In this shaggiest of shaggy-dog stories, a father goes out for milk for his children's cereal. He is abducted by aliens, escapes from pirates, is rescued by a dinosaurian professor in a hot-air balloon, is threatened by piranhas (well, he might have made that bit up), outwits some vampires, and saves the universe from destruction, as well as saving the world from forces that wish to redecorate it (replacing mountains with throw-cushions, etc.). Dad arrives safely home with the milk and tells his story to his children, who don't believe him. "Not. Any. Of. It." This is high Brit silliness in the Douglas Adams, indeed Goon Show, tradition. Gaiman throws together the space-time continuum, plastic flamingoes, and a pirate queen and dares the reader to demur. The brief story, generously illustrated with appropriately zany pen-and-ink drawings, demands to be read aloud, because who could resist zoom, tworp, and thang, to say nothing of "a noise like a hundred elephantine snot balloons all deflating at once"? sarah elli Copyright 2013 Horn Book Magazine.
Kirkus Reviews 2013 July #1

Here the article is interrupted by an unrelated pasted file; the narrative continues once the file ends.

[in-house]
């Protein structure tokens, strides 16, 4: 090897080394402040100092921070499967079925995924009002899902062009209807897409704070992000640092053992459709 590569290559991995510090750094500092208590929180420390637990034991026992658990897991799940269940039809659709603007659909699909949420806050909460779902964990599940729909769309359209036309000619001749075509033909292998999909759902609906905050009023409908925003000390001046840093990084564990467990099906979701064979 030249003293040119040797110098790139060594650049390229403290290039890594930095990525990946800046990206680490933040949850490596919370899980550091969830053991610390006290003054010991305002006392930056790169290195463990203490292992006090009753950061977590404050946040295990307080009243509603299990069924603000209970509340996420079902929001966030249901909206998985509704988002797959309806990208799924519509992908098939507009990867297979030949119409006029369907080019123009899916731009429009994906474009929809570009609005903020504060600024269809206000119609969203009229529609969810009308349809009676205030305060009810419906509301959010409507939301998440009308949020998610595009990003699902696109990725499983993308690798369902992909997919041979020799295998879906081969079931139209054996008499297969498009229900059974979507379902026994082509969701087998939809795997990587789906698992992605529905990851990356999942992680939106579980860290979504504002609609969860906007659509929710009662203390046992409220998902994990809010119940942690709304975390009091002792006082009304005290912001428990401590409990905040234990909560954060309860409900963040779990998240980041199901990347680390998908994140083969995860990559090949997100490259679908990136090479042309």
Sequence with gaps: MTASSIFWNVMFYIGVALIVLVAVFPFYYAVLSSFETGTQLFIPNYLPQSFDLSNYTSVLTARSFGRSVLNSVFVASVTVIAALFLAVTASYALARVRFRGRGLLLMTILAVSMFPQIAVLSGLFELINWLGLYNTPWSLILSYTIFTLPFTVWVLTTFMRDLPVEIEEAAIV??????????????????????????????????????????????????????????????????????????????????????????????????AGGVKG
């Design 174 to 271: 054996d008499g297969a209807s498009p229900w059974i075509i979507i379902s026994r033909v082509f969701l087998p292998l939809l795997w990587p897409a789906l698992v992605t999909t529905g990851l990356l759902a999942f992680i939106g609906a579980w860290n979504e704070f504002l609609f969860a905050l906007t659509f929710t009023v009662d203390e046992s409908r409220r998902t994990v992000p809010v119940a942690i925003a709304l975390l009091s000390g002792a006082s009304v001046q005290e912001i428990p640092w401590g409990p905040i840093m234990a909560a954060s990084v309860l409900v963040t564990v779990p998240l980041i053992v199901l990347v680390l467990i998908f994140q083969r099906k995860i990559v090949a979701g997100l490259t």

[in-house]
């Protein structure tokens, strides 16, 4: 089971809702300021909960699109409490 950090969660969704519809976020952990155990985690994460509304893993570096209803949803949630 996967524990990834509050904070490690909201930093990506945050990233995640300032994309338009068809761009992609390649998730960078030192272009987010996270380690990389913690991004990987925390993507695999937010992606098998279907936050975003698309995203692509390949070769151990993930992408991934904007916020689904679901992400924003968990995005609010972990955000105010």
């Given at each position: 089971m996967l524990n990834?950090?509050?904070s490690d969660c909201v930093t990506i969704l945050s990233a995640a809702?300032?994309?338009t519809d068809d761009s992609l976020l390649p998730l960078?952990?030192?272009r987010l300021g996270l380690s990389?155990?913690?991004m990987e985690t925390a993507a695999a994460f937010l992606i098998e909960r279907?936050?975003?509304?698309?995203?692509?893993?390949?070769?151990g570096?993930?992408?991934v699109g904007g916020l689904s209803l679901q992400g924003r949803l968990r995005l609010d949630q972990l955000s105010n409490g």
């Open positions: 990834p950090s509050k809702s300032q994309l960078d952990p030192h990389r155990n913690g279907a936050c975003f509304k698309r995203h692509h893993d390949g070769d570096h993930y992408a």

Publishers used to say, "If you read only one book this year, make it this one." Gaiman has tried to write the only book anyone will need, ever, packing into it every adventure story written in the past 300 years. The book seems to include every plot on TVTropes.org. There's a time machine. There are "wumpires" and pirates. The story is simple: A father goes to the store to buy milk. The only trouble is, he's kidnapped by aliens, and by the end of the book, he's being threatened by dancing dwarfs. Sometimes the book feels like a personal bet between the writer and the illustrator: "But can you draw this?" Young is always up to the challenge, no matter what gets thrown at him. He makes pirates look both dangerous and adorable. But once in a while, readers may wish that the author would stop throwing things. The best scene in the book is brief and quiet. The father asks a time-traveling stegosaurus where all the dinosaurs went. "The stars," professor Steg says. "That is where we will have gone." Frenetic as the story is, it's hard not to love a novel that borrows equally from Calvin and Hobbes and The Usual Suspects. If you read only one book this year, a story with dancing dwarfs is always a wise choice. (Adventure. 8-12) Copyright Kirkus 2013 Kirkus/BPI Communications.All rights reserved.